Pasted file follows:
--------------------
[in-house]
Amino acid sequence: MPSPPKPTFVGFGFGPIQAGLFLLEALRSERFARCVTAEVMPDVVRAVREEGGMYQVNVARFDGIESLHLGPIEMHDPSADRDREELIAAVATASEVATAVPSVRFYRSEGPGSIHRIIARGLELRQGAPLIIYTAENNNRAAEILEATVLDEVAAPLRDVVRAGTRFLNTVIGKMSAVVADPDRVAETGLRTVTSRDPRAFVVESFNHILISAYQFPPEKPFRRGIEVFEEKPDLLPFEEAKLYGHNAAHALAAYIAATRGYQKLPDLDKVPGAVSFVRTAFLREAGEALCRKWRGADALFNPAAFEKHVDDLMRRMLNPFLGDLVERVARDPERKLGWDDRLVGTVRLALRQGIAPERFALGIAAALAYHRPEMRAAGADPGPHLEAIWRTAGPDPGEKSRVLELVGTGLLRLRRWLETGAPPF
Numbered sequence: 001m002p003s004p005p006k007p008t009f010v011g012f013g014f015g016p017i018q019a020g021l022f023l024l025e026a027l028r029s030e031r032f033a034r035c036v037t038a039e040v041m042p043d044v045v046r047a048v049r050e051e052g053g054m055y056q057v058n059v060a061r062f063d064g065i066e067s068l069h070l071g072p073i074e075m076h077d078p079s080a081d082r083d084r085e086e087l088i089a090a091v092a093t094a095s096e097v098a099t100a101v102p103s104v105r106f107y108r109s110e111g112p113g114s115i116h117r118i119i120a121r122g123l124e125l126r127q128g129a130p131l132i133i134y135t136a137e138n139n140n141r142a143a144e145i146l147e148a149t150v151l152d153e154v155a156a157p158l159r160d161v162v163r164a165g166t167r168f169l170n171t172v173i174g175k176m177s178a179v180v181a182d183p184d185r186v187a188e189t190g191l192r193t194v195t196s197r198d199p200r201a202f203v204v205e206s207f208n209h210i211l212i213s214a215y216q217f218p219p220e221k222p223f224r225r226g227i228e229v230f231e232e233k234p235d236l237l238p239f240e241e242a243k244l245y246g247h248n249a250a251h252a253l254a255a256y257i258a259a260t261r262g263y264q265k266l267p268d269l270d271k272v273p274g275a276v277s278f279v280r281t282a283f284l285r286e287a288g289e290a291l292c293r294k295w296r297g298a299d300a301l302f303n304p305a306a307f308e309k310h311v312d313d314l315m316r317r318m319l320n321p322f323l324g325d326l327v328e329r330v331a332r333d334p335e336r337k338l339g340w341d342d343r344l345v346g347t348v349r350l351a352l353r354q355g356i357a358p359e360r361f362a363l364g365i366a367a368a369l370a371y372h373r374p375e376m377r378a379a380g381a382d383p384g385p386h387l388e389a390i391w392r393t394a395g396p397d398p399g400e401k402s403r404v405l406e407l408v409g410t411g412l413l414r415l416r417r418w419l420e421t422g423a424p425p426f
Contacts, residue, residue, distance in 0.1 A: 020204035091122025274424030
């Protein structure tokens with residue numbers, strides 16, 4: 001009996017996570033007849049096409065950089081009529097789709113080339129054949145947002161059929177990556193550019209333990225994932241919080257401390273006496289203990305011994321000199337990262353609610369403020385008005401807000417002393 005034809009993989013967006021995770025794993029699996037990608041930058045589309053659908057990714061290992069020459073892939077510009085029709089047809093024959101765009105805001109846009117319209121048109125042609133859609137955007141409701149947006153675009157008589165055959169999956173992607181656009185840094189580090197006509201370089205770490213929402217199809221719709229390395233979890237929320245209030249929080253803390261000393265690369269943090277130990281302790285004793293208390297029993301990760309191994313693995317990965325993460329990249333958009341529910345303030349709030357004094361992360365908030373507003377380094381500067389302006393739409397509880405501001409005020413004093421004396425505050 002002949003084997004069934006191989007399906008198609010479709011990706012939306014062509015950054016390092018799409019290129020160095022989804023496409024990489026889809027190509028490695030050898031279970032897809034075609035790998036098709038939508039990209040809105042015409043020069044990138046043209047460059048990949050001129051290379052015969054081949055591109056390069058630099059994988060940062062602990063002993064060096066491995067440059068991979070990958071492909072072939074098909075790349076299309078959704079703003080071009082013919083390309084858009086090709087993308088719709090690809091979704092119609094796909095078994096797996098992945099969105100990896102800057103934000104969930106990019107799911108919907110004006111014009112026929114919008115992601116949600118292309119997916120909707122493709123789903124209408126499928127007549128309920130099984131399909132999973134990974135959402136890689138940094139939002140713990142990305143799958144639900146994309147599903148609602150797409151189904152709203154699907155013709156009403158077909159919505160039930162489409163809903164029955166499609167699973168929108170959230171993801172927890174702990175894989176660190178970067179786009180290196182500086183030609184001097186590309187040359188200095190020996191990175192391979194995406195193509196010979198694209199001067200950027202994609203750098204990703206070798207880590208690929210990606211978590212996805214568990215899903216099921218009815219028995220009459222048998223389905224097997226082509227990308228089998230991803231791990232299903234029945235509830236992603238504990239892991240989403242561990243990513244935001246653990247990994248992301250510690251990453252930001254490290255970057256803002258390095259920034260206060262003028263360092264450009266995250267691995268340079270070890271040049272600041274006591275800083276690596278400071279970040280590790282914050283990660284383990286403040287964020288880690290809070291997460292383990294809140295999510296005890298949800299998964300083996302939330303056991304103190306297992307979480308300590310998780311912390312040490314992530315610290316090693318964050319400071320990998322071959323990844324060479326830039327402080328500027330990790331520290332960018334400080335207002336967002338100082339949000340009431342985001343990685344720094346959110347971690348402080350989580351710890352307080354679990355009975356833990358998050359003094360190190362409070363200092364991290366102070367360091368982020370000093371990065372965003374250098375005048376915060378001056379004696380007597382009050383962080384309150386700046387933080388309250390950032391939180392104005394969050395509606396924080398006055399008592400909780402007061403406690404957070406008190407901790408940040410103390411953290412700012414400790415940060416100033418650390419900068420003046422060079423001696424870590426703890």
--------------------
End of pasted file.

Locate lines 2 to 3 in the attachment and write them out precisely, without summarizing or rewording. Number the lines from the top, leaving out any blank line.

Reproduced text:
Amino acid sequence: MPSPPKPTFVGFGFGPIQAGLFLLEALRSERFARCVTAEVMPDVVRAVREEGGMYQVNVARFDGIESLHLGPIEMHDPSADRDREELIAAVATASEVATAVPSVRFYRSEGPGSIHRIIARGLELRQGAPLIIYTAENNNRAAEILEATVLDEVAAPLRDVVRAGTRFLNTVIGKMSAVVADPDRVAETGLRTVTSRDPRAFVVESFNHILISAYQFPPEKPFRRGIEVFEEKPDLLPFEEAKLYGHNAAHALAAYIAATRGYQKLPDLDKVPGAVSFVRTAFLREAGEALCRKWRGADALFNPAAFEKHVDDLMRRMLNPFLGDLVERVARDPERKLGWDDRLVGTVRLALRQGIAPERFALGIAAALAYHRPEMRAAGADPGPHLEAIWRTAGPDPGEKSRVLELVGTGLLRLRRWLETGAPPF
Numbered sequence: 001m002p003s004p005p006k007p008t009f010v011g012f013g014f015g016p017i018q019a020g021l022f023l024l025e026a027l028r029s030e031r032f033a034r035c036v037t038a039e040v041m042p043d044v045v046r047a048v049r050e051e052g053g054m055y056q057v058n059v060a061r062f063d064g065i066e067s068l069h070l071g072p073i074e075m076h077d078p079s080a081d082r083d084r085e086e087l088i089a090a091v092a093t094a095s096e097v098a099t100a101v102p103s104v105r106f107y108r109s110e111g112p113g114s115i116h117r118i119i120a121r122g123l124e125l126r127q128g129a130p131l132i133i134y135t136a137e138n139n140n141r142a143a144e145i146l147e148a149t150v151l152d153e154v155a156a157p158l159r160d161v162v163r164a165g166t167r168f169l170n171t172v173i174g175k176m177s178a179v180v181a182d183p184d185r186v187a188e189t190g191l192r193t194v195t196s197r198d199p200r201a202f203v204v205e206s207f208n209h210i211l212i213s214a215y216q217f218p219p220e221k222p223f224r225r226g227i228e229v230f231e232e233k234p235d236l237l238p239f240e241e242a243k244l245y246g247h248n249a250a251h252a253l254a255a256y257i258a259a260t261r262g263y264q265k266l267p268d269l270d271k272v273p274g275a276v277s278f279v280r281t282a283f284l285r286e287a288g289e290a291l292c293r294k295w296r297g298a299d300a301l302f303n304p305a306a307f308e309k310h311v312d313d314l315m316r317r318m319l320n321p322f323l324g325d326l327v328e329r330v331a332r333d334p335e336r337k338l339g340w341d342d343r344l345v346g347t348v349r350l351a352l353r354q355g356i357a358p359e360r361f362a363l364g365i366a367a368a369l370a371y372h373r374p375e376m377r378a379a380g381a382d383p384g385p386h387l388e389a390i391w392r393t394a395g396p397d398p399g400e401k402s403r404v405l406e407l408v409g410t411g412l413l414r415l416r417r418w419l420e421t422g423a424p425p426f